'I don't want to sound like I'm crawling to Channel 4 or British Screen, but it really is a fantastic beginning to go straight into shooting on 35mm and with that level of production values and so on. For someone like me, who wanted to by- pass television entirely, it's really the best possible way of starting.'
For Sue Clayton, the main opportunity in Heart Songs was the training it offered, and particularly the chance to think in feature film terms: 'It seems ironic that Heart Songs was billed as my first film, because it was actually something like my 17th, but all the others were documentaries or television dramas or whatever. Heart Songs was my first chance to work in 35mm and to think in terms of the depth that features can have - not just depth of character, but depth of image too. It gives you a different sense of place - we shot it all on location in Ontario - and of the relationship of characters to that place. For example, I'd been used to doing close-ups that fill the screen, but in 35mm you suddenly have to take account of the fact that with a close-up two-thirds of the screen is still wide open . . .'
Sue Clayton also stresses that she had already been discussing a first feature with Channel 4 before she made Heart Songs, so the 'calling card' aspect of the short had not originally been so significant for her as it was for others. Even so, it unexpectedly took on just that dimension when it was shown as part of a 'First Films' package in America: 'Suddenly you found yourself in New York and Los Angeles talking to Jim Jarmusch's producer, Hal Hartley's producer, Paul Schrader's producer and they're all saying 'Let's make movies . . .' '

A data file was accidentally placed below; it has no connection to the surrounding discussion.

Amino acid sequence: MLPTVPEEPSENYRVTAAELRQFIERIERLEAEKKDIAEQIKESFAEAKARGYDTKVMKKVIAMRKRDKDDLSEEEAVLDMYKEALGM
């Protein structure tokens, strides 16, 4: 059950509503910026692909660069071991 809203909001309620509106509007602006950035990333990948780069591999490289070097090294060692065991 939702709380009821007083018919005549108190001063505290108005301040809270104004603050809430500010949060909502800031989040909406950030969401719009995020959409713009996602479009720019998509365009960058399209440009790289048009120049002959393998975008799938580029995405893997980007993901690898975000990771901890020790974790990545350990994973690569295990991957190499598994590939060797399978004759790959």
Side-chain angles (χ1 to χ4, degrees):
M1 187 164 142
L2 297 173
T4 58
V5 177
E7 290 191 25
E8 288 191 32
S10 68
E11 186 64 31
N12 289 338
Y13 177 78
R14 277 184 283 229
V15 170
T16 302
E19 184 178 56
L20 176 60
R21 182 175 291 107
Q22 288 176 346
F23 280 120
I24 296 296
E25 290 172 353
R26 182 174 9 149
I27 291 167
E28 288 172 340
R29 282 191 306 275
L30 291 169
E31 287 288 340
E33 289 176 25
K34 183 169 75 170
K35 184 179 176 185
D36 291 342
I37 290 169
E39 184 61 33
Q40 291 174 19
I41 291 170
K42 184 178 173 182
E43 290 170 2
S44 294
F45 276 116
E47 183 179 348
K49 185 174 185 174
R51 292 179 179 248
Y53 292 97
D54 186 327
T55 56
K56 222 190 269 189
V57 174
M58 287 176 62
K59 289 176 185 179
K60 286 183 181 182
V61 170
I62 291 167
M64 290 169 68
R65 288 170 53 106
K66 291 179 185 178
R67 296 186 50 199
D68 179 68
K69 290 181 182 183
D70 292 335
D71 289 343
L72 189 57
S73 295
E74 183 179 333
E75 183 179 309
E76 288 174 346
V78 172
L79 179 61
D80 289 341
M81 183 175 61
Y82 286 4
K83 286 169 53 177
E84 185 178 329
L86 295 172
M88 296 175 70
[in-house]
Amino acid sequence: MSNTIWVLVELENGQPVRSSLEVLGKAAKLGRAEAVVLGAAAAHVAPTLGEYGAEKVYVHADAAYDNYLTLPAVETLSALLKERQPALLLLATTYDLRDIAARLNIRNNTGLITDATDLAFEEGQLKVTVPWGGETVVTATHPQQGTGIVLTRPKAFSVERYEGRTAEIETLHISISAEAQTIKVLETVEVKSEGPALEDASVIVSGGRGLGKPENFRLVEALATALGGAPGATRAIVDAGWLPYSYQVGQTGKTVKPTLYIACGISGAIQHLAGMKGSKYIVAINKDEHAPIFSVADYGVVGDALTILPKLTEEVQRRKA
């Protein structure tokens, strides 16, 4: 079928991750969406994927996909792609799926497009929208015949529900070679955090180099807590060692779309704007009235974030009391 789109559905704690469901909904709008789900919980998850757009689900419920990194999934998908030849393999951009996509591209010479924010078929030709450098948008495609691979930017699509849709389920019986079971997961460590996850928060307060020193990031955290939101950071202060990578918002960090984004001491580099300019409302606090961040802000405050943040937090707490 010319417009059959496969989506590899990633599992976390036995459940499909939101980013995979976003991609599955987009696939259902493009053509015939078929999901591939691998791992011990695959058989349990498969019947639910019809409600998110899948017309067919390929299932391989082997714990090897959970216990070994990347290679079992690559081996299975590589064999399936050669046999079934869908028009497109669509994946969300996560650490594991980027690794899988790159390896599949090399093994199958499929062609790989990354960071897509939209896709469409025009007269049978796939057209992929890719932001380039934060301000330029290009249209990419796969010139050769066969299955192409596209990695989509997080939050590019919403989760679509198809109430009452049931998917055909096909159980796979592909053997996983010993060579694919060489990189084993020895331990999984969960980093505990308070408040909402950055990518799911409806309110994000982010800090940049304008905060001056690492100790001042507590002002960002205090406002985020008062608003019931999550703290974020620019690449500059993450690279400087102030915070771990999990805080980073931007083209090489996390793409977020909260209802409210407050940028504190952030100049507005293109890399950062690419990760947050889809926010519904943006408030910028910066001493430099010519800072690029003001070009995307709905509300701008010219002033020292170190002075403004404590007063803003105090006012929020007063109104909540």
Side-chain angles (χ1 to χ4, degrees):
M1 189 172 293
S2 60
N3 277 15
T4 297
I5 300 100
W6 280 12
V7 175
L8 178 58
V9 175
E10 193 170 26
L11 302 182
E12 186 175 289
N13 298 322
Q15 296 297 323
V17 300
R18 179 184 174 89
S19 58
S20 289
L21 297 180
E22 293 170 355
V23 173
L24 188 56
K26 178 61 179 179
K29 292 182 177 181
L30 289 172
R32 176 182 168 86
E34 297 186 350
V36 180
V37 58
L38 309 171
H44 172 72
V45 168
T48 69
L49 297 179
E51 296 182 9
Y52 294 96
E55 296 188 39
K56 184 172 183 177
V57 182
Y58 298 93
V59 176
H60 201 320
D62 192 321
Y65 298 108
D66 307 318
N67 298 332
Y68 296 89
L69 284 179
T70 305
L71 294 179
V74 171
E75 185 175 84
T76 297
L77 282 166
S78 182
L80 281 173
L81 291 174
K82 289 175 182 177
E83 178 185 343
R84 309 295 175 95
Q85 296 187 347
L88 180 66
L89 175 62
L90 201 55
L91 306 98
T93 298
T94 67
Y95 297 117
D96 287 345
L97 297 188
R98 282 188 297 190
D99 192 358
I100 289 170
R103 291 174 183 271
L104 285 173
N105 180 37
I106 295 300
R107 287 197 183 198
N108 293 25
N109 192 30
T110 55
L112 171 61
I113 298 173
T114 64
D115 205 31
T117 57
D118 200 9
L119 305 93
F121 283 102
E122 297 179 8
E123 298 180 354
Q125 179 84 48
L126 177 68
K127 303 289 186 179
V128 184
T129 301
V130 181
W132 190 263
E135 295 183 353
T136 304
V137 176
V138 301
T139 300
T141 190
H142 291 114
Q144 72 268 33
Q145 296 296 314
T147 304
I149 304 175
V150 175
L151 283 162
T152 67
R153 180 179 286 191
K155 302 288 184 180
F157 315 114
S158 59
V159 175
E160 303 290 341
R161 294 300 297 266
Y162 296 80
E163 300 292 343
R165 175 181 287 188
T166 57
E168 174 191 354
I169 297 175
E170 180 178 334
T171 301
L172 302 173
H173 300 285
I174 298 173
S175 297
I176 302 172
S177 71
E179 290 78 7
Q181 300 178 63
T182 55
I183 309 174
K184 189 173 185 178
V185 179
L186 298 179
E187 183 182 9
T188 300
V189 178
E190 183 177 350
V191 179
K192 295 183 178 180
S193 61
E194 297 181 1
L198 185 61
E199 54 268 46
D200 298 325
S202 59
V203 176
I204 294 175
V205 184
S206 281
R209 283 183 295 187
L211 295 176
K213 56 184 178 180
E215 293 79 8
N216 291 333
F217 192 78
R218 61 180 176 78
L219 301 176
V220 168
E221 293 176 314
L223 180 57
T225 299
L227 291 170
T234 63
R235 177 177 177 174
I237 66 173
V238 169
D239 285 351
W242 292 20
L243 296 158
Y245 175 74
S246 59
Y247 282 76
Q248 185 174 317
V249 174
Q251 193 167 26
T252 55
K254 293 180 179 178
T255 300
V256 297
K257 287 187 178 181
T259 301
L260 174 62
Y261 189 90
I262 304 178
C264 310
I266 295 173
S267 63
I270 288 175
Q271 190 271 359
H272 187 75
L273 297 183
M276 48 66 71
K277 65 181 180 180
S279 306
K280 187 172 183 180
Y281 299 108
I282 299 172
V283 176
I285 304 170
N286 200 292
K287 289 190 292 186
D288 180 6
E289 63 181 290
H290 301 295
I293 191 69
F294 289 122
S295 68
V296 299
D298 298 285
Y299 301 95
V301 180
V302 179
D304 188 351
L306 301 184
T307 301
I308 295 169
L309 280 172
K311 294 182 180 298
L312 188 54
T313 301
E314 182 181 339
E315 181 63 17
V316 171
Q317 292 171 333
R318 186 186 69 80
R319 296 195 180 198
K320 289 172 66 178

Short and Curlies has yielded other success stories: James Hendrie's Work Experience (starring Lenny Henry) won an Oscar for best short film, and Peter Cattaneo was nominated in the same category for Dear Rosie; Philip Ridley went on from The Universe of Dermot Finn to The Reflecting Skin; and Peter Chelsom is now turning down Hollywood offers by the week as he prepares to make his second feature over here. It's not surprising that British Screen and Channel 4 are being deluged by scripts from optimistic outsiders - Stephen Cleary says that there are more than 1,000 submissions every year, and the figure is rising.
What makes the difference, then, between the half-dozen or so which are eventually filmed and the 994-odd which aren't? Stephen Cleary suggests that, though it's hard to set exact rules, he and his colleagues are looking for ideas which are more like features in miniature than short stories, and that the conventional Saki / O Henry twist-in-the-tale tends to be frowned on. Peter Chelsom agrees:
'I don't think a short film should be a short story. If you think of the standard feature-length film as being a prose narrative like a novel, then a short film is a poem. It doesn't have to have a literal, literary beginning, middle and end, but it does have to have an emotional circle. In other words, at the risk of sounding pretentious, you could say that it's like a sonnet - it has to have an emotional structure that's satisfying. And that doesn't have to mean a happy end, or a twist, or a Tale of the Totally Bloody Predictable.' In other words, wit need not always be the soul of brevity. Yet, as long as the British cinema continues to bump along the bottom of recession, it does seem as if the best way for our aspiring film-makers to think big is to start by thinking short.
Short and Curlies at the Prince Charles: Box-office: 071-494 4687